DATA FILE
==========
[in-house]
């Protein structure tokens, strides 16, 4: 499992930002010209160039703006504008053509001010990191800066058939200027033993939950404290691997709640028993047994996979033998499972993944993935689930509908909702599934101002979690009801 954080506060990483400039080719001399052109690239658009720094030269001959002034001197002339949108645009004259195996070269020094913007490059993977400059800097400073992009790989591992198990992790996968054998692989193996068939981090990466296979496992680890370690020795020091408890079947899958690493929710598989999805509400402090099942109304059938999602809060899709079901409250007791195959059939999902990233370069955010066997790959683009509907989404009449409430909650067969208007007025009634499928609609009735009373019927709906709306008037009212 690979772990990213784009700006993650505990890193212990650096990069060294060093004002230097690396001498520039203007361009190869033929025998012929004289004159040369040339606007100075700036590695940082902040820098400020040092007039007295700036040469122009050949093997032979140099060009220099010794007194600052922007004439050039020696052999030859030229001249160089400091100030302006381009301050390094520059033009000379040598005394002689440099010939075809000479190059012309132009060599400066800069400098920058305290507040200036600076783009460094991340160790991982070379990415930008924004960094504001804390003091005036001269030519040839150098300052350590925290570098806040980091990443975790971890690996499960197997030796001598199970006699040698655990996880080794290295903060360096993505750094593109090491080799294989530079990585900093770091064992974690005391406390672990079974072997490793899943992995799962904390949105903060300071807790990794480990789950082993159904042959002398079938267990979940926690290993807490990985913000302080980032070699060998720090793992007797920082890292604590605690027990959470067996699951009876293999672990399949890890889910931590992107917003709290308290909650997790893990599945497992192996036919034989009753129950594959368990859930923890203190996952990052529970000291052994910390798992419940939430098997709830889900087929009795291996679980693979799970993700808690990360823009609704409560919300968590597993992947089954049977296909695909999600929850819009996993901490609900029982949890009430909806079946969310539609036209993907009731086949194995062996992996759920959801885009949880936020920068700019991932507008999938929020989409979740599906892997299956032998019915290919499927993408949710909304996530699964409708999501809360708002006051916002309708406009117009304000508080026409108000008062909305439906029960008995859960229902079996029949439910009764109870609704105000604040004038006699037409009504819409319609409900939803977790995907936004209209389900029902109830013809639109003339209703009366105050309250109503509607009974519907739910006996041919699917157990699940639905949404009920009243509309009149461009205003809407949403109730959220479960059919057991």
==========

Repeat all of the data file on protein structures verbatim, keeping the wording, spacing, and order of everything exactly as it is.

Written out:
[in-house]
């Protein structure tokens, strides 16, 4: 499992930002010209160039703006504008053509001010990191800066058939200027033993939950404290691997709640028993047994996979033998499972993944993935689930509908909702599934101002979690009801 954080506060990483400039080719001399052109690239658009720094030269001959002034001197002339949108645009004259195996070269020094913007490059993977400059800097400073992009790989591992198990992790996968054998692989193996068939981090990466296979496992680890370690020795020091408890079947899958690493929710598989999805509400402090099942109304059938999602809060899709079901409250007791195959059939999902990233370069955010066997790959683009509907989404009449409430909650067969208007007025009634499928609609009735009373019927709906709306008037009212 690979772990990213784009700006993650505990890193212990650096990069060294060093004002230097690396001498520039203007361009190869033929025998012929004289004159040369040339606007100075700036590695940082902040820098400020040092007039007295700036040469122009050949093997032979140099060009220099010794007194600052922007004439050039020696052999030859030229001249160089400091100030302006381009301050390094520059033009000379040598005394002689440099010939075809000479190059012309132009060599400066800069400098920058305290507040200036600076783009460094991340160790991982070379990415930008924004960094504001804390003091005036001269030519040839150098300052350590925290570098806040980091990443975790971890690996499960197997030796001598199970006699040698655990996880080794290295903060360096993505750094593109090491080799294989530079990585900093770091064992974690005391406390672990079974072997490793899943992995799962904390949105903060300071807790990794480990789950082993159904042959002398079938267990979940926690290993807490990985913000302080980032070699060998720090793992007797920082890292604590605690027990959470067996699951009876293999672990399949890890889910931590992107917003709290308290909650997790893990599945497992192996036919034989009753129950594959368990859930923890203190996952990052529970000291052994910390798992419940939430098997709830889900087929009795291996679980693979799970993700808690990360823009609704409560919300968590597993992947089954049977296909695909999600929850819009996993901490609900029982949890009430909806079946969310539609036209993907009731086949194995062996992996759920959801885009949880936020920068700019991932507008999938929020989409979740599906892997299956032998019915290919499927993408949710909304996530699964409708999501809360708002006051916002309708406009117009304000508080026409108000008062909305439906029960008995859960229902079996029949439910009764109870609704105000604040004038006699037409009504819409319609409900939803977790995907936004209209389900029902109830013809639109003339209703009366105050309250109503509607009974519907739910006996041919699917157990699940639905949404009920009243509309009149461009205003809407949403109730959220479960059919057991």